Weird Westerns: The Beast of Hollow Mountain (1956)


A rancher learns the hard way that you shouldn't build a ranch by a swamp and a haunted mountain when a T. Rex emerges 10 minutes before the end of the movie.

By Max Sparber

The idea of having cowboys battle dinosaurs strikes me as an obvious one, but, then, I think you can throw cowboys into any sort of a movie and it becomes interesting. You can't tell me a cowboy or two wouldn't liven up, say, a Fred Astaire and Ginger Rogers movie, although I think the closest we got was the 1970 television movie "The Over-the-Hill Gang Rides Again."

For whatever reason, the combination of cowboys and dinosaurs didn't seem so obvious to filmmakers. The two best-known films about the subject, 1956's "The Beast of Hollow Mountain" and 1969's "The Valley of Gwanji," come from the same source: Stop-motion innovator Willis H. O'Brien, who was most famous for having animated the original King Kong.

Although both "Beast" and "Gwanji" are both version of the same story — a Wild West take on Arthur Conan Doyle's "The Lost World" — and even though O'Brien is credited as having scripted both (in the case of "Beast" using the name El Toro Estrella), the films are quire different.

"Gwanji" borrows a plot point from "Kong" for its main plot, having an unscrupulous promoter (who also happens to be the film's hero) put a T. Rex on display as part of a Wild West show in Mexico. In "Beast," the film is almost entirely about a conflict between two ranchers, an American played by the blandly handsome Guy Madison and a Mexican played by Eduardo Noriega.

It's not clear what the beef is between the two men; after all, Madison has a Mexican partner and seems to be doing his best to blend in with the locals, peppering his English with a lot of Spanish. but perhaps Noriega has seen "Red River," in which John Wayne simply appropriates a section of a ranch from a Mexican landowner, and so knows that American ranchers can suddenly decide that Mexican land is their own. Also, there are hints of a romance between Madison and a local woman named Sartita, played by Patricia Medina, who happens to be Noriega's finacee.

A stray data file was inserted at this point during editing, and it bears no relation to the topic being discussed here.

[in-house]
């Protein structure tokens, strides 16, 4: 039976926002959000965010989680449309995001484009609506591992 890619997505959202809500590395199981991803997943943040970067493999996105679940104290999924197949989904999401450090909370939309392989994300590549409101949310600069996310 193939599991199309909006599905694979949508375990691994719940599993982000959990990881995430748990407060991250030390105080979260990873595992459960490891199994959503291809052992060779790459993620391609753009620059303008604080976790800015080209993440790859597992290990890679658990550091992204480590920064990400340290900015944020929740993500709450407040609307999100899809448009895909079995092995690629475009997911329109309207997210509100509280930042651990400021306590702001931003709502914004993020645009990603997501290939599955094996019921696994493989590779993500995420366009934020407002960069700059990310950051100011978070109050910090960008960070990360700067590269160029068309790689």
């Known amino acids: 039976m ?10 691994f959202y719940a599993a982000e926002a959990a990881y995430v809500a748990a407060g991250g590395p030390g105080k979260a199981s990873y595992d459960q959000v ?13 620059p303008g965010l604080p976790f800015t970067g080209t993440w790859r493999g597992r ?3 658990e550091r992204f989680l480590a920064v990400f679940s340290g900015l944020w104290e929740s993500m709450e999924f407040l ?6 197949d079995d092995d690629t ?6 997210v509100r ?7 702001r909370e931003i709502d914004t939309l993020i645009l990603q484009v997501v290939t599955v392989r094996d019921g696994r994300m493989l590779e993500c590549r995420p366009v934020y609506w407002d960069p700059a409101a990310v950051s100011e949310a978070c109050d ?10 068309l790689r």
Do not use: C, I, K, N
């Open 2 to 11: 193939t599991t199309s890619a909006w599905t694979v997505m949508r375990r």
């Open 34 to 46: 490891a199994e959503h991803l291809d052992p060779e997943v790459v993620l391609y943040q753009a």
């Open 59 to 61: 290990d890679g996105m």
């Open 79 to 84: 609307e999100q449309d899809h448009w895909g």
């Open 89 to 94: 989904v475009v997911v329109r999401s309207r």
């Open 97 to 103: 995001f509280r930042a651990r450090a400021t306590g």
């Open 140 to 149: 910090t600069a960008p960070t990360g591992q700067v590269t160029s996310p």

In the meanwhile, Madison's cattle keep disappearing in a swamp near the titular Hollow Mountain; he'll sometimes find them drowned in quicksand. Madison is convinced that Noriega is actually rustling his cattle and then just drowning a few to make it look like they have wandered into the swamp and died, and, honestly, it's not clear what has happened to the cattle.

We come to learn that there is a T. Rex living in the mountain, and he might sometimes wander out to snack on a cow, but it is equally credible that Noriega is up to no good, and equally credible that cows are just wandering off and drowning.

There is not much dinosaur in this movie: The beast doesn't appear until perhaps the last 15 minutes, and it's not especially well animated. It's often represented with a puppet, and, when animated, has a ridiculous, flapping snake tongue that is constantly moving, like one of those new year's noisemakers that fill with air and expand outward. To the animator's credit, however, when the dinosaur wants to run, it's convincingly fast.

The pleasure of combining a dinosaur movie and a cowboy movie should be watching cowboys take down dinosaurs using cowboy skills — "Gwanji" had the cowboys circle and lasso that film's T. Rex like he was an especially enormous bull. This film doesn't do as much — Madison does use a lasso, yes, but it is to swing out over the swamp, tempting the dinosaur to step in, which it does like an idiot. Madison then amusingly swings over the dinosaur's head, and it drowns like Madison's cattle.

I think the lesson of the film is that it's not a great idea to have a cattle ranch near a swamp. Probably a useful lesson, but perhaps not one that required a feature film or a dinosaur to communicate.


Popular Posts